Smart About Sharks is Owen Davey’s second book devoted to a single animal – last year, he released Mad About Monkeys, an illustrated guide to the world’s 250 species of monkey.
His latest offering is a beautifully illustrated compendium of facts about sharks, from what they eat and how they hunt to the number killed by humans each year. It also provides a look at more unusual species such as the carpet shark, which is covered in small tassels.
Each page is packed with detailed and engaging artwork helping younger readers make sense of facts and figures. A scaled diagram compares the sizes of different shark species while an annotated illustration of a reef shark highlights the physical features that make it such an efficient predator:
Davey spent several months researching the book – “It proved to be just as challenging as Mad About Monkeys,” he says. “Although I had learned lots of strategies for finding out what I wanted to know, and had a rough approach to the book laid out by the stylings of Mad About Monkeys, it turns out there is a lot less information that we seem to know about sharks. Because we are land-dwelling creatures, they’re just further out of reach and it’s very common for sharks to appear and disappear while icthyologists (fish scientists) are attempting to study them,” he adds.
Davey also spent a great deal of time researching the appearance of various sharks, scouring the web, watching documentaries and visiting a couple of Sea Life centres to study them. “Most sharks aren’t great for drawing from life though – they’re not great at staying still,” he adds. While illustrations are fairly accurate, he says there are not designed to be “completely anatomically correct”.
“I’m trying to get people interested and excited about these animals. Nobody will read my books and be an expert. I mean, I’m nowhere near and animal expert…. I’m hoping these books will ignite a curiosity in people so that they find out more on their own; watch documentaries for themselves, or read books, or visit the animals, or even try and help with some conservation of them,” he adds.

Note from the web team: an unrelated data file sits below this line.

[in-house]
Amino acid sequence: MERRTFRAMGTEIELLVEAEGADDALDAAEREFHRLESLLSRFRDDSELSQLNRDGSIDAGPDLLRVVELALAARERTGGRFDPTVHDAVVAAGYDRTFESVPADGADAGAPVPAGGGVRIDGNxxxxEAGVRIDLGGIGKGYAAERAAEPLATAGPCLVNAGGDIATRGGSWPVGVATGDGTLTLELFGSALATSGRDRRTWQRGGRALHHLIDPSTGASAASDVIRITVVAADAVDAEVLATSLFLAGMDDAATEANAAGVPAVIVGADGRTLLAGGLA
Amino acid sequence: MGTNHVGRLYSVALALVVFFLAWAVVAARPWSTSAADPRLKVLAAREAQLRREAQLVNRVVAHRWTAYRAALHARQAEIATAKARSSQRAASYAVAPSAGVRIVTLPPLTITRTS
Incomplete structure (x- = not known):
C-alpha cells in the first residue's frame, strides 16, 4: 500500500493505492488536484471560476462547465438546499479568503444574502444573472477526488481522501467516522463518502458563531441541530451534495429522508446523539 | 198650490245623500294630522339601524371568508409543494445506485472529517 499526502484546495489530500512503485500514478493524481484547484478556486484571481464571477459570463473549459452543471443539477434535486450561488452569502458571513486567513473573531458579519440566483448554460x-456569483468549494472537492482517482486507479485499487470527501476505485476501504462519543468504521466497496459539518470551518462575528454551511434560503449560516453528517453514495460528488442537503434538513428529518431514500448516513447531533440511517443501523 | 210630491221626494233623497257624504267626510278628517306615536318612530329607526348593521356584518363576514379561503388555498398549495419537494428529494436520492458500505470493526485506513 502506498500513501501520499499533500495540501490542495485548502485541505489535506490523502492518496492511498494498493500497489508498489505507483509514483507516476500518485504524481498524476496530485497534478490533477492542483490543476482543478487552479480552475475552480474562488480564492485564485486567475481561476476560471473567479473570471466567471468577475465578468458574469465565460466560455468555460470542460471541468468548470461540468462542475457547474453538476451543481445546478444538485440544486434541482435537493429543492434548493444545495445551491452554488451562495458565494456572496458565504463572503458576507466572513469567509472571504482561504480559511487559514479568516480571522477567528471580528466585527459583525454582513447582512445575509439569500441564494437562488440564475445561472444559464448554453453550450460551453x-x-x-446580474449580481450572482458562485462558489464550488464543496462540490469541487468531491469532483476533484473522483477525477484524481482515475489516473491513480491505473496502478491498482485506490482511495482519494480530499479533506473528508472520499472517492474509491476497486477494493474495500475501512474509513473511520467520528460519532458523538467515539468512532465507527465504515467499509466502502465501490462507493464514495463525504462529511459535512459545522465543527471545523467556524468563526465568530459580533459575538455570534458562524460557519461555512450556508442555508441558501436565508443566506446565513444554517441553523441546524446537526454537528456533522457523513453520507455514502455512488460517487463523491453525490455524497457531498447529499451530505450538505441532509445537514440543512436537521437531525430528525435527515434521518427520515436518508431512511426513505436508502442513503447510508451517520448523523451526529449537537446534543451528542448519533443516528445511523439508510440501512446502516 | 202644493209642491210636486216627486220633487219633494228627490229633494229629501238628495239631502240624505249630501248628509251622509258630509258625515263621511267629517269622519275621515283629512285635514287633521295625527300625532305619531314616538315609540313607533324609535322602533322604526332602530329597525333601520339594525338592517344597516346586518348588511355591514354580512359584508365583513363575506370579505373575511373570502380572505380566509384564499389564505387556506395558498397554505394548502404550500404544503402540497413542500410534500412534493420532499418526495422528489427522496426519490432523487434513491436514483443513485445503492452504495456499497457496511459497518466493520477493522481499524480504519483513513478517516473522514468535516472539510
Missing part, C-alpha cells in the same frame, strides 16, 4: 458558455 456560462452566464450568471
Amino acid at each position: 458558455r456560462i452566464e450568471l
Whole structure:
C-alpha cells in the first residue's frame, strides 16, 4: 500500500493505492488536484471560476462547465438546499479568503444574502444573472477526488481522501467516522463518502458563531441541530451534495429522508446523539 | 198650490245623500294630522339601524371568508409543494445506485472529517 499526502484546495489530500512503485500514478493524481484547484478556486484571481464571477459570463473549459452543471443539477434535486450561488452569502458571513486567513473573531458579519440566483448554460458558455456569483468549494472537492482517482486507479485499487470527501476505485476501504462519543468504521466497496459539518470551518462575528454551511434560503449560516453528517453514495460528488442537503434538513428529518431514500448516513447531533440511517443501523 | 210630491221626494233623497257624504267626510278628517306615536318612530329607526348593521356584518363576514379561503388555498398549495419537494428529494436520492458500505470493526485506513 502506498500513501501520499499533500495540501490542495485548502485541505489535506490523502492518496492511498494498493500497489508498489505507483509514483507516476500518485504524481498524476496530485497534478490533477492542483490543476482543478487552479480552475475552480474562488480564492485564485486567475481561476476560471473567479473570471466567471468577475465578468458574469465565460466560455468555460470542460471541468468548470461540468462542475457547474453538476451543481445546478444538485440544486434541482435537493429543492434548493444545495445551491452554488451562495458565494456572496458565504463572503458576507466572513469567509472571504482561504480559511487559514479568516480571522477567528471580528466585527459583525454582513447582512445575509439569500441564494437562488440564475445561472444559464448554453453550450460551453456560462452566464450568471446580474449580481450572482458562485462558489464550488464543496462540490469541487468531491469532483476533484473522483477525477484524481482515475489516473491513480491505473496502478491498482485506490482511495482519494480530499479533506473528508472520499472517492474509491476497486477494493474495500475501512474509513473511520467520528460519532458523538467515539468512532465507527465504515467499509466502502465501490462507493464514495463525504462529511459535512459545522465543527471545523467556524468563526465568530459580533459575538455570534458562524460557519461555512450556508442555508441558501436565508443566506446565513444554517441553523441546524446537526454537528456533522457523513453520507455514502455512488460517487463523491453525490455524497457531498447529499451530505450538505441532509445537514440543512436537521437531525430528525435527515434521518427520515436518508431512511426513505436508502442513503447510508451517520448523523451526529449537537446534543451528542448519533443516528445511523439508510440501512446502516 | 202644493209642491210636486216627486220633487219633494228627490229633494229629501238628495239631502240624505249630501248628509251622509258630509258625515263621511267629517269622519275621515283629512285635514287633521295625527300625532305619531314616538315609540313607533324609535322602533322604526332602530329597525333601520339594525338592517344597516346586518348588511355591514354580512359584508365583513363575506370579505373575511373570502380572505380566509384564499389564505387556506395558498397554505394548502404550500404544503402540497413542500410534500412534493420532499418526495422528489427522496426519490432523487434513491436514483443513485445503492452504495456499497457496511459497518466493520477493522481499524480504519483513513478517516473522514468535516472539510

In between illustrating children’s books (he says he has a whole series planned with Flying Eye), Davey has also been busy creating artwork for award-winning apps Two Dots and Robot Factory.
For Robot Factory, he illustrated a vast catalogue of robot parts which children can mix and match to design their own robot. Puzzle game Two Dots is an ongoing project – Davey has been creating landscapes, maps and postcards for it for two years, illustrating arctic tundras, fiery landscapes and woodland scenes.
“It’s really different working on apps than it is for print,” he says. “When you work on a book for example, stuff like the gutter and the page turn become hugely important. Everything is static and fixed, and usually printed in CMYK so has a limit to what colours can be achieved. Apps on the other hand have the ability to have everything moving, and you can kind of do whatever you like with them.”
“I love both. I like the restrictions imposed by books because it makes me have to problem solve,” he adds. “Having something physical and tangible at the end is hugely satisfying. But it’s awesome how in apps, the finished product can look very close to what you have on your screen in the first place.”
Davey admits working on apps takes some getting used to – “It’s not a case of ‘bam, this is the final product. Print it’. I have to send them stuff which they manipulate and fiddle with and animate etc. Some bits don’t turn out quite how I envisaged, while other bits are way better than I ever imagined. It’s a strange skill to learn, letting go of your artwork,” he explains. Offering some advice for illustrators looking to work on apps, he says – “just have fun with it. And if you’re collaborating, try not to get too attached to your original artwork, because it will inevitably change so that it’s fit for purpose.”